Fake vaccine card merchants are rampant on Telegram. Meanwhile fake vaccine card listings continue to fall between the cracks on Amazon, despite a ban on them.
Messaging service Telegram is hosting channels peddling fake blank COVID-19 vaccine cards, immunization records, and fit-to-fly certificates, BuzzFeed News has found. These channels, ranging in size from 1,492 to at least 13,292 subscribers, are targeting people “who need the cards but [are] not willing to take the vaccines.”
“Avoid the Vaccine, Stay safe,” wrote one merchant in a channel they created with 5,773 subscribers. “If you need the Covid vaccine cards, write to us and we’ll get you one.”
“Watch out and stay away from the vaccine its poisonous,” wrote another in a channel they created with 13,273 subscribers. “Kindly pass out the message to those who are still blind out there, so many secrets are hidden from us. The minority ruling are trying to destroy mankind.”
An FBI public service announcement from March noted that it’s illegal to buy or sell fake vaccination cards, per a US code that prohibits the creation, use, or distribution of fake government documents.
“By misrepresenting yourself as vaccinated when entering schools, mass transit, workplaces, gyms, or places of worship, you put yourself and others around you at risk of contracting COVID-19,” the FBI announcement says.
Telegram did not respond to requests for comment.
It’s not unusual for people to use Telegram to sell illegal goods. But selling fake American vaccination cards presents a unique risk, undermining ongoing efforts to keep a pandemic in check that has so far killed nearly 600,000 people in the US. It also hurts efforts by states and businesses that rely on accurate vaccine documentation as a condition of allowing access to certain locations and services — bars in New York City, for example, or certain international flights.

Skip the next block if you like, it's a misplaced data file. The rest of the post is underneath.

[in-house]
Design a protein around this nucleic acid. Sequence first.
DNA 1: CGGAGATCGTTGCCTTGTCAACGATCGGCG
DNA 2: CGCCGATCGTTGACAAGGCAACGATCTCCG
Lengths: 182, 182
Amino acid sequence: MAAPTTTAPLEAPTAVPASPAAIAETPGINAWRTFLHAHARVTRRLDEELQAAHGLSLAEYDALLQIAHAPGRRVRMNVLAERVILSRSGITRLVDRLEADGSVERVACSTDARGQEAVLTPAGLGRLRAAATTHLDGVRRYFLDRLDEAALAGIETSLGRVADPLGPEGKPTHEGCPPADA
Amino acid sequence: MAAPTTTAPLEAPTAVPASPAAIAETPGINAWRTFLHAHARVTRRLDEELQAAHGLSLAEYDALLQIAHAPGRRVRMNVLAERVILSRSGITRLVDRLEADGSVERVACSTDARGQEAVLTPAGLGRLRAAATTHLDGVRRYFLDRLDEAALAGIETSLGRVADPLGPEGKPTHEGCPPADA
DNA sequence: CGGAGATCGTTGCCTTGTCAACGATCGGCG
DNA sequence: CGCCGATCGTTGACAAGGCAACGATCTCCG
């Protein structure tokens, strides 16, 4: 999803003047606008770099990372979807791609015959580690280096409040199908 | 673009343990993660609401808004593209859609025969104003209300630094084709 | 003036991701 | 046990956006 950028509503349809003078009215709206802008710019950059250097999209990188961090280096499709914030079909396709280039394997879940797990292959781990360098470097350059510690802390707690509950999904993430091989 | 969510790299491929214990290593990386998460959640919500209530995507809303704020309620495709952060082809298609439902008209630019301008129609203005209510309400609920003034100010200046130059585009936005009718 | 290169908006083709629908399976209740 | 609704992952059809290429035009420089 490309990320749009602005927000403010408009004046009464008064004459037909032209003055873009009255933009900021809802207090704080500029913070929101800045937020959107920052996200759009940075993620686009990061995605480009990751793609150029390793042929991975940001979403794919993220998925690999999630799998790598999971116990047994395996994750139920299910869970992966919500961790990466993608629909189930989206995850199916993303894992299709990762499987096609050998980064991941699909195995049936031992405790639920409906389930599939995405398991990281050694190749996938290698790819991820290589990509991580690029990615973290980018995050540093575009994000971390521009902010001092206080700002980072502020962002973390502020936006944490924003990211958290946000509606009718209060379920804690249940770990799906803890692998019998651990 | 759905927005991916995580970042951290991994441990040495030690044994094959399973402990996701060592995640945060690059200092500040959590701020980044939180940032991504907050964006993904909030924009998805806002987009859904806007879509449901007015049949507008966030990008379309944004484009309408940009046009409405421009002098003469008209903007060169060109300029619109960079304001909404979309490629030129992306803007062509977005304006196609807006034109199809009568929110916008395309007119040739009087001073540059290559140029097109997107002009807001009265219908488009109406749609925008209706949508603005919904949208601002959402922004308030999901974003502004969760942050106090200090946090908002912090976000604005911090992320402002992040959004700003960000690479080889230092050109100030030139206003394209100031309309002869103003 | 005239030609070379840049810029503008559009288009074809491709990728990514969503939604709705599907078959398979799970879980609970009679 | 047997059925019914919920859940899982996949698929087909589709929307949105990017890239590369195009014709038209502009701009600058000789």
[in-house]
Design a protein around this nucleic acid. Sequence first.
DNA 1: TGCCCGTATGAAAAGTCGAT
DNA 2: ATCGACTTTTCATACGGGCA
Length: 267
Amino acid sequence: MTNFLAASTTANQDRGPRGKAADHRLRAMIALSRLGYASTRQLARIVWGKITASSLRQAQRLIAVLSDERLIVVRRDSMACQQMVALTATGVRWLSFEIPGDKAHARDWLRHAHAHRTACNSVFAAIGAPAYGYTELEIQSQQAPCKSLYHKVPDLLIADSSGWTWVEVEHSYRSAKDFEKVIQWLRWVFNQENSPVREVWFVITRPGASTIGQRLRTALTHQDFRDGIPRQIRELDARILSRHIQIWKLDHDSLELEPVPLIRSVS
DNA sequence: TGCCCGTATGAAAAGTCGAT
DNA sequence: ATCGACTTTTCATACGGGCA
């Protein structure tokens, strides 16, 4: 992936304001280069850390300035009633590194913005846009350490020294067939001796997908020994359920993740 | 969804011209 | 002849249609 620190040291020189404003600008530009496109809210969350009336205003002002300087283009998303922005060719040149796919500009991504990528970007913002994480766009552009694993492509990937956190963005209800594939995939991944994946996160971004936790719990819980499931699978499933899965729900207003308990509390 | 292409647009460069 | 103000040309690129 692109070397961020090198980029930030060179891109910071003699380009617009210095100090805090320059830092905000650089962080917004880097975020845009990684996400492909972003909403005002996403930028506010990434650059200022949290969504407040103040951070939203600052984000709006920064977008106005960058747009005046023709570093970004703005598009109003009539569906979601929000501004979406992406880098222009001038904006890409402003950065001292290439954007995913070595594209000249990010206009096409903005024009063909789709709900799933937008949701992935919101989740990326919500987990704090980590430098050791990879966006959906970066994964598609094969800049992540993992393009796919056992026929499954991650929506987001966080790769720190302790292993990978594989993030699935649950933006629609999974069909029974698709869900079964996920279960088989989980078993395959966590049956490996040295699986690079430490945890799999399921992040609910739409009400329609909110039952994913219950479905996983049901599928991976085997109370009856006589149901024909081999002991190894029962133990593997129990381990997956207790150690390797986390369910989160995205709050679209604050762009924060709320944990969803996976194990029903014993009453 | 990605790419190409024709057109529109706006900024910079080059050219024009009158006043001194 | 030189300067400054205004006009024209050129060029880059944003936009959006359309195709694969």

These bogus vaccine card accounts typically ask interested parties to contact the channel owner privately in order to purchase the cards and arrange shipment. It’s unclear how many purchases have been made, but some of these accounts have been active for months. For instance, “Covid19 Vaccines cards,” which has 8,587 members, has been around since April. Another group features several posts from customers who claim to have purchased fake vaccine cards.
”Thank you so much Dr philip we received the cards and my family is so happy right now,” wrote a user called mr Jones on May 30 to a group with 4,780 subscribers. “We have been duped so many times trying to get this and we had doubts about you too. We are sorry for that. We just wanna say thank you once more.”
At least one of these Telegram channels, which has 8,587 members, has previously been used to disseminate anti-vaccine disinformation — including memes about Microsoft co-founder Bill Gates, Dr. Anthony Fauci, and vaccine injuries. “Get your cards now and keep your DNA unchanged,” wrote creator @drjg_covid.
Telegram isn’t the only platform hosting fake vaccine card merchants. As Motherboard first reported, they have been easy to come by on Etsy. Ads for similar cards and stickers, produced by custom merchandise company Redbubble and marketplace website Bonanza, continue to appear in Google Shopping. And searches for “blank vaccination card” on Amazon, which explicitly forbids selling “real or replica” COVID-19 vaccination record cards, were returning results for them alongside other vaccine-related products earlier today.
One Amazon listing for blank vaccine cards claimed they could be used for “quick entry” at airlines, and that people can “use and reuse for a health record keeper.” The manufacturer, a company called Snellspy with an address in China, claimed they are “Great for Teachers, Students, Nurses, Office Employees, Doctors, Government Official[s], Police, Volunteer[s] and More.” The listing disappeared shortly before this story was published, but the seller of Snellspy cards was fielding questions from curious buyers as recently as June 2. It’s unclear exactly how long the listing was up.
“We have proactive measures in place to prevent prohibited products from being listed and we continuously monitor our store,” an Amazon spokesperson told BuzzFeed News. “In this case, we have removed the items and taken action on the bad actors involved in bypassing our controls.”
If someone was thinking about buying a fake vaccination card, what might they also consider buying? Donald Trump–themed Christmas ornaments, according to Amazon’s “Buy it with” recommendation.